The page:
Polaroid Week is a celebration of instant film held on Flickr twice a year— Spring and Autumn. This community-driven project started as far back as 2006 and continues to drive interest and significant participation after almost 14 years of sharing and engaging with other lovers of the medium. To celebrate the start of this year’s Autumn ‘Roid Week on October 18, we’ve done a Q&A with some of the group’s most devoted members: Therese Brown, Julia Beyer, Laura Watt, and Chris Blackhurst. Read on to learn more about their love of instant film and get inspired to participate in this month’s Polaroid Week.
Can you please introduce yourself?
Therese: I currently live in Richmond, VA, after transplanting from the SF bay area. I’ve been practicing photography since my kids were babies, so about 30 years. When I came to Flickr in 2004, it introduced me to many different kinds of cameras, techniques, and options for bringing my ideas to expression.
Julia: I live in Essen, in the Ruhr area in Germany. I work in a huge media agency full-time where I am juggling with numbers the whole day, so being creative with Polaroid film is a nice counterpoise to that. Before I started to dive headfirst into Polaroid photography, music always was my main focus in my spare time.
Laura: I’m Laura Alice Watt, and ordinarily, I work as a professor of environmental history at Sonoma State University in northern CA, but this year I have a Fulbright scholarship to work on a landscape research project in the Westfjords of Iceland. Lucky me!
Chris: My name is Chris Blackhurst, and I live in a particularly grey area of North West England called Wigan. I normally just say I come from Manchester, as it’s the nearest city and more people have heard of that. And it’s a bit more glam! I’m not a “pro-photographer” by any stretch of the imagination. I have a day job that is actually a lot less glamorous than it sounds. I usually just refer to myself as a civil servant to avoid prejudice.
Can you tell us about your journey with instant photography and why you chose this medium?
Therese: I don’t only use instant photography, but it’s one of my go-to forms when I want small, unique pieces of artwork. I love how I can have a little physical memento from the get-go, to scan and incorporate into books (I’ve done a couple of those), or to frame in unusual ways. The immediacy of having the physical piece of work is what inspires me.
Julia: Starting to shoot on Polaroid film was something like a revelation to me. The dreaminess of the film captivated me. When I started shooting, I couldn’t afford to buy a lot of Polaroid film, so I shot it very carefully and mostly when I was out in nature or on vacation. I was amazed that the Polaroids I posted online quickly gained some attention, even by Polaroid (The Impossible Project back then). It then started to get somehow serious around the same time that I started to shoot with people in 2017. I was too insecure about my photography before, but I realized how much fun this is once I started shooting portraits.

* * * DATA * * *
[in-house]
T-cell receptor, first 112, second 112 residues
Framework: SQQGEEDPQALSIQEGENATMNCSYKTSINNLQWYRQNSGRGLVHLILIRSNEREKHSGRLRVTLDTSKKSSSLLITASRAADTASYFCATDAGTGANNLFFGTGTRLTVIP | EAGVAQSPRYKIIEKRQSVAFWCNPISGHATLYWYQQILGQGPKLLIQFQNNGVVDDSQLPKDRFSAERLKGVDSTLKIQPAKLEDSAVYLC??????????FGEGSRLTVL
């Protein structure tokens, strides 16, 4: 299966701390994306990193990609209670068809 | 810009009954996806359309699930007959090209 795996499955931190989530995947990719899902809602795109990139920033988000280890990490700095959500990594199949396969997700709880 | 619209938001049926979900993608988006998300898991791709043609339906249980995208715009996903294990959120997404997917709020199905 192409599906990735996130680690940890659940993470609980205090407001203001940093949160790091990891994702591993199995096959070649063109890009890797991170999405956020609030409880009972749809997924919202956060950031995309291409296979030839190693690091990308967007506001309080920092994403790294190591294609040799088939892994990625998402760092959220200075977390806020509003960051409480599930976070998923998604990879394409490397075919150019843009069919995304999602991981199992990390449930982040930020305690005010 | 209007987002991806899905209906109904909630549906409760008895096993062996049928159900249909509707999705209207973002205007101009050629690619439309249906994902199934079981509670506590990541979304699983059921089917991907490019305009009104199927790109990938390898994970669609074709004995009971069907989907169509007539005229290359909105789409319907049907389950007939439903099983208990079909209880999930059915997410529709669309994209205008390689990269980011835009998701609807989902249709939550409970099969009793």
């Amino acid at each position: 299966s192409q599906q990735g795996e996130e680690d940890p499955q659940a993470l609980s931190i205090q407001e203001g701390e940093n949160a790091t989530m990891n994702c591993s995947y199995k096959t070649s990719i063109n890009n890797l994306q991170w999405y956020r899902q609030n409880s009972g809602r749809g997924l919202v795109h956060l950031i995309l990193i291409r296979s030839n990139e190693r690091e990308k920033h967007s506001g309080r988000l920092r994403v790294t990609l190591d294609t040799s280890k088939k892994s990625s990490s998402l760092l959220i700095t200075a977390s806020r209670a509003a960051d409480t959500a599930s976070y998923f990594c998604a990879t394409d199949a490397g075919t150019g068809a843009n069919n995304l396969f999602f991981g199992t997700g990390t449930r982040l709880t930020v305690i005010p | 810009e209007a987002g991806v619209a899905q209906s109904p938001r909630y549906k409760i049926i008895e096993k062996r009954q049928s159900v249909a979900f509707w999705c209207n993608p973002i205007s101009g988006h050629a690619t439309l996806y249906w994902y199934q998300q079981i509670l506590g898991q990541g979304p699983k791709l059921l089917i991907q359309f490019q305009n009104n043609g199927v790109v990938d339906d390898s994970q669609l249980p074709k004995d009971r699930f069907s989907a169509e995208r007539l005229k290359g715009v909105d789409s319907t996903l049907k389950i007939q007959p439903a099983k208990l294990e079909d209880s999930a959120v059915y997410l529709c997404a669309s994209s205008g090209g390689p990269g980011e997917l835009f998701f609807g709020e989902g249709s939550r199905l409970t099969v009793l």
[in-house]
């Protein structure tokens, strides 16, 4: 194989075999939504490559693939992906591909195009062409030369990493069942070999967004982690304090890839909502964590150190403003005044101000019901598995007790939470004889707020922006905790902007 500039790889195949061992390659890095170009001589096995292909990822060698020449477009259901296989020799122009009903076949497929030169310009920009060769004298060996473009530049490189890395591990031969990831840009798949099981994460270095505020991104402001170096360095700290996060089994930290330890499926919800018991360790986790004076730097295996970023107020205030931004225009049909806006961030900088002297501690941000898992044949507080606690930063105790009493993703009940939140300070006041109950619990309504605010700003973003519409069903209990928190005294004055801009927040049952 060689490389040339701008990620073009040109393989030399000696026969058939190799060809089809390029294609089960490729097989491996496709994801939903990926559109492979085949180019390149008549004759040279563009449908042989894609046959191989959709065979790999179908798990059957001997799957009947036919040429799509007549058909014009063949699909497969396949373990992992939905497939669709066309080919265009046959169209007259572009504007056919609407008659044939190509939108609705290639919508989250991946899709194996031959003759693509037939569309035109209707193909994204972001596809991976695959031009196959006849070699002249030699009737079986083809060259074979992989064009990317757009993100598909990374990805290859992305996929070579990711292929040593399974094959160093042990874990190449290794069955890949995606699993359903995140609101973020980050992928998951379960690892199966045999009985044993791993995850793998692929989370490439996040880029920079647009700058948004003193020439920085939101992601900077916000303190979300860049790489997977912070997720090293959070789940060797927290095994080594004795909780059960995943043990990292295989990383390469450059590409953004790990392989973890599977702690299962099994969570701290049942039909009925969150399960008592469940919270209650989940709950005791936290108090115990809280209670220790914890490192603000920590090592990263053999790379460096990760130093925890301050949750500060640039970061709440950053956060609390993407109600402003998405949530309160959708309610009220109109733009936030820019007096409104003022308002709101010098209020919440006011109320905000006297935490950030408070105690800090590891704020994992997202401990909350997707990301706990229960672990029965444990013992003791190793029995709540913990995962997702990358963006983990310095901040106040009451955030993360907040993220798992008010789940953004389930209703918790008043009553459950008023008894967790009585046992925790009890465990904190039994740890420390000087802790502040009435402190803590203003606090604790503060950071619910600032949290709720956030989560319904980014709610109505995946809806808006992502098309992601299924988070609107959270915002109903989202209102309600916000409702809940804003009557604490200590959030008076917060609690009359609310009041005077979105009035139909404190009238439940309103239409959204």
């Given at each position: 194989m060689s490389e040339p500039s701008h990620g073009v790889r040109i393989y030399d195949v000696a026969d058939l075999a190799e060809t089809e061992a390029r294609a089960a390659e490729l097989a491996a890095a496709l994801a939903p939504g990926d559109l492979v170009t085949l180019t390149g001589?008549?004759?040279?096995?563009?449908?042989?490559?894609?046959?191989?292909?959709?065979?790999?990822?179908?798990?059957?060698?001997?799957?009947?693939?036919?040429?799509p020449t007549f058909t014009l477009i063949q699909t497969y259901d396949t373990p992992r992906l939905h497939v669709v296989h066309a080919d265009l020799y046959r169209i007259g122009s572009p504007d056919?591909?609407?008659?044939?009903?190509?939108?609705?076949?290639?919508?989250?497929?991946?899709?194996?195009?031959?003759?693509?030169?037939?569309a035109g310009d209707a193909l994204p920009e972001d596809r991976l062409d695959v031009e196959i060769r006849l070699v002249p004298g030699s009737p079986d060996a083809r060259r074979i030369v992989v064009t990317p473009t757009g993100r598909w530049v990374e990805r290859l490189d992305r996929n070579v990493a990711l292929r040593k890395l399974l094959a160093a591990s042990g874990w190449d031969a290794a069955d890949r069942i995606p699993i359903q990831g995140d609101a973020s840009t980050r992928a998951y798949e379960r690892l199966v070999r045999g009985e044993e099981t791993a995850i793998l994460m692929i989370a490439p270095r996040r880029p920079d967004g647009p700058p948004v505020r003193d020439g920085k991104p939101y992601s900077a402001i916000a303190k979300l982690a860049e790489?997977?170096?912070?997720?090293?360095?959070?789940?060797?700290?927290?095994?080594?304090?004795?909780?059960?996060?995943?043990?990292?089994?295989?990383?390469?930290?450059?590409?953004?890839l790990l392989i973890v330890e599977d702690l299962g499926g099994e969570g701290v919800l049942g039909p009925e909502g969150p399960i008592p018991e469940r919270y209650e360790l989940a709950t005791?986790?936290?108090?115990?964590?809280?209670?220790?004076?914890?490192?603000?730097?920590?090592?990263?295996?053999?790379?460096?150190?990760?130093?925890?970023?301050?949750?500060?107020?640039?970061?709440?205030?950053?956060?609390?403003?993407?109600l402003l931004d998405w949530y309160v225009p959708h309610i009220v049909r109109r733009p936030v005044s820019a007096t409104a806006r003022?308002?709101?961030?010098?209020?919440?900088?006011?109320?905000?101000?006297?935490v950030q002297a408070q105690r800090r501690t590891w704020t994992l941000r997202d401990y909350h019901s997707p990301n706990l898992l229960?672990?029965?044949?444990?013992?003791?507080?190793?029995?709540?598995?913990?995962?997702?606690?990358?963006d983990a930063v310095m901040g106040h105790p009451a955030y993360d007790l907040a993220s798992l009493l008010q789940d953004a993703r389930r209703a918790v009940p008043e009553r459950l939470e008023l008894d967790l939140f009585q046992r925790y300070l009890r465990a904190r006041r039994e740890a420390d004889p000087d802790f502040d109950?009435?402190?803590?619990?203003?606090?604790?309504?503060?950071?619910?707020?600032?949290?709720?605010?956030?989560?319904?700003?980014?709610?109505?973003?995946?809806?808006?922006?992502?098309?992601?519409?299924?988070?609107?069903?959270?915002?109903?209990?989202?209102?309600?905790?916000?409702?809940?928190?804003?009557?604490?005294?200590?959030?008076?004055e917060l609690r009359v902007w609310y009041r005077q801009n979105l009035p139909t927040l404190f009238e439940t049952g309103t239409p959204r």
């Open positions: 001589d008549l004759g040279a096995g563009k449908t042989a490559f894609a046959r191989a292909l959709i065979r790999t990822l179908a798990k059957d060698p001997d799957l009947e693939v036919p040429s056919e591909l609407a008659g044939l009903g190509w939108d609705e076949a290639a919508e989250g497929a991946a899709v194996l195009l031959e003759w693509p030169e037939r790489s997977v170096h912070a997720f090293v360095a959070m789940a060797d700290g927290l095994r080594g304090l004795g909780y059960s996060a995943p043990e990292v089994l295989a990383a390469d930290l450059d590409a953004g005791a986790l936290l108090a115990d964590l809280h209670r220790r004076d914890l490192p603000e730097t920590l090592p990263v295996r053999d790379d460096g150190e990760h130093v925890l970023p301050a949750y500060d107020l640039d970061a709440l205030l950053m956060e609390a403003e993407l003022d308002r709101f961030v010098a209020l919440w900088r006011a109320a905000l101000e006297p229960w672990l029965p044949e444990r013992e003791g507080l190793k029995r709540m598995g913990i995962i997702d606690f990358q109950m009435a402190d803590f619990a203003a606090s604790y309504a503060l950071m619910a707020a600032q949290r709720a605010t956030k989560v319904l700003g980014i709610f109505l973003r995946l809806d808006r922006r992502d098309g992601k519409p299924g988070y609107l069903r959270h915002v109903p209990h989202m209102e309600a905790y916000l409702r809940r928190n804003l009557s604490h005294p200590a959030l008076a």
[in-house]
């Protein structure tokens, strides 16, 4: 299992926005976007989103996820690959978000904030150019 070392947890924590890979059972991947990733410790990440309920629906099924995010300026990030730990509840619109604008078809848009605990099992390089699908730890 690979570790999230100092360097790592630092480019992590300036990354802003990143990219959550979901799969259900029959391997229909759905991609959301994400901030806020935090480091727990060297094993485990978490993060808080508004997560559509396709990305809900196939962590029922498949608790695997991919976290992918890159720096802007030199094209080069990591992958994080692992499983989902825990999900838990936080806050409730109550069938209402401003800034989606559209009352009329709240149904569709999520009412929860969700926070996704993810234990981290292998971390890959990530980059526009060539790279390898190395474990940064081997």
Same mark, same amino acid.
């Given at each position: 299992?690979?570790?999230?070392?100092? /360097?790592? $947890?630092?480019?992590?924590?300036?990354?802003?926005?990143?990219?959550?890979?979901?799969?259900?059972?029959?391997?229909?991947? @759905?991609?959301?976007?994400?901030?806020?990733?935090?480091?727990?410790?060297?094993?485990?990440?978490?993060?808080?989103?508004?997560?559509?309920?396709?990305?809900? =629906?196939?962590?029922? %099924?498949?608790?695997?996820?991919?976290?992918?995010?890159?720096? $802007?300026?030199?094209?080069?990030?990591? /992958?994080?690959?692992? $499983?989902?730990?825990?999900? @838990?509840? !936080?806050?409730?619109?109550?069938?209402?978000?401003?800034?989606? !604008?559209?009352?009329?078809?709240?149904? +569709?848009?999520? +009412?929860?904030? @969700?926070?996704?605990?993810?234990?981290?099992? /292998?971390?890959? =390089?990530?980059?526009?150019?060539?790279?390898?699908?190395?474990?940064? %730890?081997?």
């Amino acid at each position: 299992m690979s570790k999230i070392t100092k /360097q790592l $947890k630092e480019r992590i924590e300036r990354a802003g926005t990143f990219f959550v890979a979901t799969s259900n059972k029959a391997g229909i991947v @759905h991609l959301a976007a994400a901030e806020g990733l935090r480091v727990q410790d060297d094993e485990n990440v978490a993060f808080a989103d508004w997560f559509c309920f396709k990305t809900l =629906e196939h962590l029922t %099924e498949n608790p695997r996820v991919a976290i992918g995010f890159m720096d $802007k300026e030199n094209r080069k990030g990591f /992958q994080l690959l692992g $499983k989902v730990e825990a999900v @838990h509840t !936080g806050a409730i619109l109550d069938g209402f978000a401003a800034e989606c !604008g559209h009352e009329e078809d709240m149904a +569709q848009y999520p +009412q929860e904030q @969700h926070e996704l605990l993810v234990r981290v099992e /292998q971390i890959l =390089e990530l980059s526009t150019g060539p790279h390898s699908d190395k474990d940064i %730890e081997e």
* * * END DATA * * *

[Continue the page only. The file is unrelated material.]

Laura: I got into Polaroids and instant photography through Flickr. In February 2007, my friend Cate Rachford (we met in person at a San Francisco Flickr meet-up) gave me a Spectra camera, as I’d admired her recent dip into Polaroids, and Spectras were selling for about 20 dollars back then. I quickly added several more cameras to my collection. I just fell in love with the serendipity involved with shooting instant film. The amazing glow one can get with the light, that’s very different from other types of film, and far more interesting than digital photography at the time, which felt very flat and lackluster.
Chris: I first showed a real interest in photography in 2008, inspired by my dad, who used to take me out with his Minolta SLR in my childhood. I bought a DSLR and had absolutely no direction. This was soon replaced with a Voigtlander R2M after happening across an online forum, and from there, my love of film photography blossomed.
What instant camera do you use and what makes it unique?
Therese: Currently, I’m using a Lomo’Instant, Lomo’Instant wide, and Instax Wide cameras with Instax film. I tend to use the Instax wide for outdoor photos because it gets appropriate exposure and vibrant colors—the Lomo’Instant for carrying in my pocket on walks, using for multi exposures, especially in nature. Finally, the Lomo’Instant Wide I use for more fantasy multi exposures plus close up work with the close-up lens.
Julia: I mostly use the Mint Camera SLR 670s. It is an original vintage Polaroid SX-70 camera but tweaked by the Hong Kong-based company Mint. They alter the electronics in the camera and add a control piece at the flash slot that makes it possible to control the camera’s shutter speed manually. It also has auto settings for both SX-70 and 600 film, so I feel that I have the most possible flexibility in a very compact body. And the image quality is amazing!